Cecil Lee Upshaw Jr. (October 22, 1942 – February 7, 1995) was an American right-handed relief pitcher in Major League Baseball who had a nine-year career (1966–1969, 1971–1975). Born in Spearsville, Louisiana, he played with the Atlanta Braves and Houston Astros, both of the National League, and the Cleveland Indians, New York Yankees and Chicago White Sox, all of the American League.
Upshaw played college baseball at Centenary College of Louisiana, in Shreveport; he is a member of the Centenary Athletics Hall of Fame. While at Centenary, he was a member of the Kappa Sigma Fraternity.
Upshaw was among the top ten in saves four times in the National League between 1968 and 1972. He was primarily a side-arm pitcher.
Upshaw finished his career with 86 saves. He had a career earned run average of 3.13. He pitched 563 innings in 348 games.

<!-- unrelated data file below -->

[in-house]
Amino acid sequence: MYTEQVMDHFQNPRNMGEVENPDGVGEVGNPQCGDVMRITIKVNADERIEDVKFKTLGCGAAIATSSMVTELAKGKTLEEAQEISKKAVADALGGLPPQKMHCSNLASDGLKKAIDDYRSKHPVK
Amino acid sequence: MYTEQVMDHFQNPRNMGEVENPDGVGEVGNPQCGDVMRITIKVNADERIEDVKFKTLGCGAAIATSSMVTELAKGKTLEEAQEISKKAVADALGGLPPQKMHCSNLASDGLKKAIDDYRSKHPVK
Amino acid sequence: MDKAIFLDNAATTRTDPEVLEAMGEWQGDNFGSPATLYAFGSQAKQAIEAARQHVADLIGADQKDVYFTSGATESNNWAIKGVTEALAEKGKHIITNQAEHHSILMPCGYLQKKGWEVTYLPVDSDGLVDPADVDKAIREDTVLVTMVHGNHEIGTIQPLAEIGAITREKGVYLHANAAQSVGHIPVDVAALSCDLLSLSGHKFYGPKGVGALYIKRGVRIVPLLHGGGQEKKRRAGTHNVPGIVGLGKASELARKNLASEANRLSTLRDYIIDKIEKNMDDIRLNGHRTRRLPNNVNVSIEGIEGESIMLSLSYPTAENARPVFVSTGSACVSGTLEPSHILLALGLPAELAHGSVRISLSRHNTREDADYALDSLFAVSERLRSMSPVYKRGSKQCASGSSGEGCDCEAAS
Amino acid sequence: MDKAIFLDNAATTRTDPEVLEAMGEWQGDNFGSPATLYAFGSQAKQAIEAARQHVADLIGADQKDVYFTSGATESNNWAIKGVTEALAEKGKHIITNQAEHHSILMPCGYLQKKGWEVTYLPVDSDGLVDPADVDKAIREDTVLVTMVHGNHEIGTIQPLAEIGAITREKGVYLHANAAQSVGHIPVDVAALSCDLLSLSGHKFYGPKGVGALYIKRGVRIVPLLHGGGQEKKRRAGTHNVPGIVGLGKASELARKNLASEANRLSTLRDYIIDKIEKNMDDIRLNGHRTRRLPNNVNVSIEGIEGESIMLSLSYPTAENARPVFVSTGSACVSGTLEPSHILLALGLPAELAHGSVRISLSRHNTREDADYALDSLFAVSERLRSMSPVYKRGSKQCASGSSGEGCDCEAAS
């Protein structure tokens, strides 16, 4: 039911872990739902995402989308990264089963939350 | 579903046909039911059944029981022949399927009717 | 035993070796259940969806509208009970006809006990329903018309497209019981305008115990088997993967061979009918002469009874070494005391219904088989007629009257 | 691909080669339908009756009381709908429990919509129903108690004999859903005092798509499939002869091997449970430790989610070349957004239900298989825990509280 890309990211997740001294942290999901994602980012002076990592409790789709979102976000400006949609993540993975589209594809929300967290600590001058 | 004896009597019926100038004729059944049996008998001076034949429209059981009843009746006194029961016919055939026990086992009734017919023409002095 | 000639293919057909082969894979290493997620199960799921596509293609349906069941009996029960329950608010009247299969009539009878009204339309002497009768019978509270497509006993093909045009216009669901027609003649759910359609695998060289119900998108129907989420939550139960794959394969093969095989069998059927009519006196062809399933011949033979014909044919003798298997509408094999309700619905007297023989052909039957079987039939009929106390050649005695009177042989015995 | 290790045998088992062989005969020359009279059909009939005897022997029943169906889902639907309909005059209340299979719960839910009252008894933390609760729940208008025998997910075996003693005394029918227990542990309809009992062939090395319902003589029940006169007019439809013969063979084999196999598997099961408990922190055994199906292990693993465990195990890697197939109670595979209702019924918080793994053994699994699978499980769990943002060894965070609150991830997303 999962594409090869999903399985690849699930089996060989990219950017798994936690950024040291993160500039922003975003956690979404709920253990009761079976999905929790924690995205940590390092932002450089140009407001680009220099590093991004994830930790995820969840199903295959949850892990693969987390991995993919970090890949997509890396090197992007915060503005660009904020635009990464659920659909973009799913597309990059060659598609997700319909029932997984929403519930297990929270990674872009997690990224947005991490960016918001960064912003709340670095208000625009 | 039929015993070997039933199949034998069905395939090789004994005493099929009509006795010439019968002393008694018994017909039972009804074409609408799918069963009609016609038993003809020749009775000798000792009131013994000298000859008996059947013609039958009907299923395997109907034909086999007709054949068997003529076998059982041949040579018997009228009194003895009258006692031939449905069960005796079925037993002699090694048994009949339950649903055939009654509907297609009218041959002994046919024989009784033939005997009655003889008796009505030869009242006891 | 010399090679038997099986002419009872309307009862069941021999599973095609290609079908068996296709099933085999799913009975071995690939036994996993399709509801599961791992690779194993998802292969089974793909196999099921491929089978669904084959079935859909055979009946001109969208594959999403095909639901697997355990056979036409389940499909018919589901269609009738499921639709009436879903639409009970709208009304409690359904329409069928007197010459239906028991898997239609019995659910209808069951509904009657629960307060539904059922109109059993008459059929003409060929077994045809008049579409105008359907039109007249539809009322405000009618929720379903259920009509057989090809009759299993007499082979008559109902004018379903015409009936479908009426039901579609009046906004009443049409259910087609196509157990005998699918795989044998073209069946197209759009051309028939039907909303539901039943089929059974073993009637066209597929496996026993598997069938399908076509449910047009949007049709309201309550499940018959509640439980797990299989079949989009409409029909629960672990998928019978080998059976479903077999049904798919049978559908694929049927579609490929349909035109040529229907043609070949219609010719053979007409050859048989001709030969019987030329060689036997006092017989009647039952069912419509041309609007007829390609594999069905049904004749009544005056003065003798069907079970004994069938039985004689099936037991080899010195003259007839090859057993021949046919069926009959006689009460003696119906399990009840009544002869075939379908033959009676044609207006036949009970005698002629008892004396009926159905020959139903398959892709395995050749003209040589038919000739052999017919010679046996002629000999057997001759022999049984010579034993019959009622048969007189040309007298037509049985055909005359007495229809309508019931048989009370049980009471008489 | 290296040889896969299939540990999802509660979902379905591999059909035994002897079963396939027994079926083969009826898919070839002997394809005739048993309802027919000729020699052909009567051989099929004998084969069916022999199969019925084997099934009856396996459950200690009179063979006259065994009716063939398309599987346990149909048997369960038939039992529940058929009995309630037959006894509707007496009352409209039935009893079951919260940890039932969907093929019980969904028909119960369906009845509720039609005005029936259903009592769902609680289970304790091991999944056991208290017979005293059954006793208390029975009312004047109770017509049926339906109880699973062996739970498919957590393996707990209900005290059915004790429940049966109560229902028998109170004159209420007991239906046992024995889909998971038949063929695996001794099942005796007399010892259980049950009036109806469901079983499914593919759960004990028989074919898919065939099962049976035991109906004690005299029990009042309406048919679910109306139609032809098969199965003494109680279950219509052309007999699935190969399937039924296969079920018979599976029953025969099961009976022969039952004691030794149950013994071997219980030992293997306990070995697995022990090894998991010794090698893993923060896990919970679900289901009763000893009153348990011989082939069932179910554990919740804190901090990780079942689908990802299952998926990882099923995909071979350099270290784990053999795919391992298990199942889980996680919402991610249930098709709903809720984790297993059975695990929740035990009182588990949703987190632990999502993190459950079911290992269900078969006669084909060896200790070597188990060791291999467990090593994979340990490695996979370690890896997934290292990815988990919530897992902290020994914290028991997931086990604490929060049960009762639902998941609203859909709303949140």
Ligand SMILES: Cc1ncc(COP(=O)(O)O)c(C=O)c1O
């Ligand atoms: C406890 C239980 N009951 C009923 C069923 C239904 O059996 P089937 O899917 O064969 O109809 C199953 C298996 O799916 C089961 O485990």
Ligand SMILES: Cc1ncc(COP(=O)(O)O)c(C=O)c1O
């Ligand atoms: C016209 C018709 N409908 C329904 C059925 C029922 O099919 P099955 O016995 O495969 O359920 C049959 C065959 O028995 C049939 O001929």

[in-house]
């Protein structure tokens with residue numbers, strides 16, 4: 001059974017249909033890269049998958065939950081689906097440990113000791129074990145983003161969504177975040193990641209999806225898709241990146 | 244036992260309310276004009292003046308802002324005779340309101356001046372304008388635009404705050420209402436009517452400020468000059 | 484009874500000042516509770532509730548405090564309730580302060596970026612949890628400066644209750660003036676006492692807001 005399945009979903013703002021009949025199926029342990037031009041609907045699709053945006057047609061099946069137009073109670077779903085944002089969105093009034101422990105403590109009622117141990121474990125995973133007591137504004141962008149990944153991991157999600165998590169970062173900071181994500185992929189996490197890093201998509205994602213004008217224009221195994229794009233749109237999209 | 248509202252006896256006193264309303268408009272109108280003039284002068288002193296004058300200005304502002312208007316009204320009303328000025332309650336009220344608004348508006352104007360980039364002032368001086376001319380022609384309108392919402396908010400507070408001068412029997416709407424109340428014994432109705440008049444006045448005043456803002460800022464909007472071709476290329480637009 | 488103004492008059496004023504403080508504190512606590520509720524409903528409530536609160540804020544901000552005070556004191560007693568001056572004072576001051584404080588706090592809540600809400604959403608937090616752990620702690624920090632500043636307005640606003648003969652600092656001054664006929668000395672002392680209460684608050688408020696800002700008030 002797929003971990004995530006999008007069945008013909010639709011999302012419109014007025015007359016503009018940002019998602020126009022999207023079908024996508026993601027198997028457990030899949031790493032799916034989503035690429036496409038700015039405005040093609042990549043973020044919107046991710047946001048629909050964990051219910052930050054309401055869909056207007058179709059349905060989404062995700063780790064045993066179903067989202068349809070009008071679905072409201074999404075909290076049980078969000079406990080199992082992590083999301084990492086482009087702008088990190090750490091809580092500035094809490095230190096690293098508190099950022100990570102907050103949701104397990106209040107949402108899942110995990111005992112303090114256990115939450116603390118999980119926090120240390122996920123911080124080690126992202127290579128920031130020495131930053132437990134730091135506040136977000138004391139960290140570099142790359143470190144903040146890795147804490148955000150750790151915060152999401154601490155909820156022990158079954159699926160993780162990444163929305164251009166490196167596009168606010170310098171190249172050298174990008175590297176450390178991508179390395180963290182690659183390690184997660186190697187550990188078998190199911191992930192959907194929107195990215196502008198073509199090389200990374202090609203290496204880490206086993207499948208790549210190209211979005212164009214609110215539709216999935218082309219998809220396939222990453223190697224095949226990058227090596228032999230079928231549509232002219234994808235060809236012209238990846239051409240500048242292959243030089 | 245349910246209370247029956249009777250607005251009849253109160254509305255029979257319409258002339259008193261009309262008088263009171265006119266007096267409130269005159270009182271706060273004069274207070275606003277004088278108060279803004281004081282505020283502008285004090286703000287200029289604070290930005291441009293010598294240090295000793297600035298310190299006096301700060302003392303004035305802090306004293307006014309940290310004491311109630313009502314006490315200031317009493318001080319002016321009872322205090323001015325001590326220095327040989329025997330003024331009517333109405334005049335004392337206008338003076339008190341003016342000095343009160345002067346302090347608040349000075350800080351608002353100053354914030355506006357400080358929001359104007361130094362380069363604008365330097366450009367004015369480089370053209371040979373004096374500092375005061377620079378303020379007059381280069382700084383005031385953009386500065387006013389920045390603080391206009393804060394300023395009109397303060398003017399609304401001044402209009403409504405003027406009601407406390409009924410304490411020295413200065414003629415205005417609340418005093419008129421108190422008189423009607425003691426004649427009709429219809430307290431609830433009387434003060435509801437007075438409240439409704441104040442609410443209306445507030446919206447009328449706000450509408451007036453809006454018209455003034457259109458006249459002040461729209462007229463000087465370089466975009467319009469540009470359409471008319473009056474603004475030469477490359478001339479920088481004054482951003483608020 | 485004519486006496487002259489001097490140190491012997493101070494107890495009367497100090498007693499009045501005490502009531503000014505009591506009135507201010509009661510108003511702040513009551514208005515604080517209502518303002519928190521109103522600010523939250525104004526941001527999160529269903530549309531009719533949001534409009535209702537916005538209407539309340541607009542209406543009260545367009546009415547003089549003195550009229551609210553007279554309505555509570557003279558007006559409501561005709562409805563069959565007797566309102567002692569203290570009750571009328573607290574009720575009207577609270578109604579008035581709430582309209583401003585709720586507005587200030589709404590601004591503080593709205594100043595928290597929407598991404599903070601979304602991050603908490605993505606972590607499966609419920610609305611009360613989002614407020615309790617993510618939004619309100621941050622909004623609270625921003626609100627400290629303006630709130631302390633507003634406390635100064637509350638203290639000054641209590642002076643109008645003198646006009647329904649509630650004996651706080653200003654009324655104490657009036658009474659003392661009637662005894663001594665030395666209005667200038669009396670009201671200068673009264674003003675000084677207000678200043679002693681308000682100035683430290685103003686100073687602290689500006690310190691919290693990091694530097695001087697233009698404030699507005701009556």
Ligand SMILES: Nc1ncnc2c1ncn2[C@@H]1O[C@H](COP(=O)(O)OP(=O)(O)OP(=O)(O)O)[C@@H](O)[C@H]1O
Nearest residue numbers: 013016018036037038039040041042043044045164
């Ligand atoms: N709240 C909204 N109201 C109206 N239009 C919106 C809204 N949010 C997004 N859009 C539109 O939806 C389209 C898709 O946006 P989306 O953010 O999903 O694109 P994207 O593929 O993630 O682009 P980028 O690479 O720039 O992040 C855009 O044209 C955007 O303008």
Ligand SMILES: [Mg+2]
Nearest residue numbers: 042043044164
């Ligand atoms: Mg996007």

His career was actually cut short due to an unfortunate incident in 1970. He and two other Braves players were walking down an Atlanta sidewalk and one of the other players bet him he couldn't jump up and touch an overhead awning. He did reach the awning, but a ring on his pitching hand ring finger got caught on a projection off of the awning and tore ligaments in his hand. He never fully recovered, but was considered one of the better pitchers in major league baseball up to that time.
He died at age 52 of a heart attack in Lawrenceville, Georgia.
He is survived by his children: Carole Upshaw Romero, Cecil Lee Upshaw III, Amelia Upshaw Manchester, and four grandchildren,(Ross, MacKenzie, Hamilton and Savannah).
By Dean Hanley
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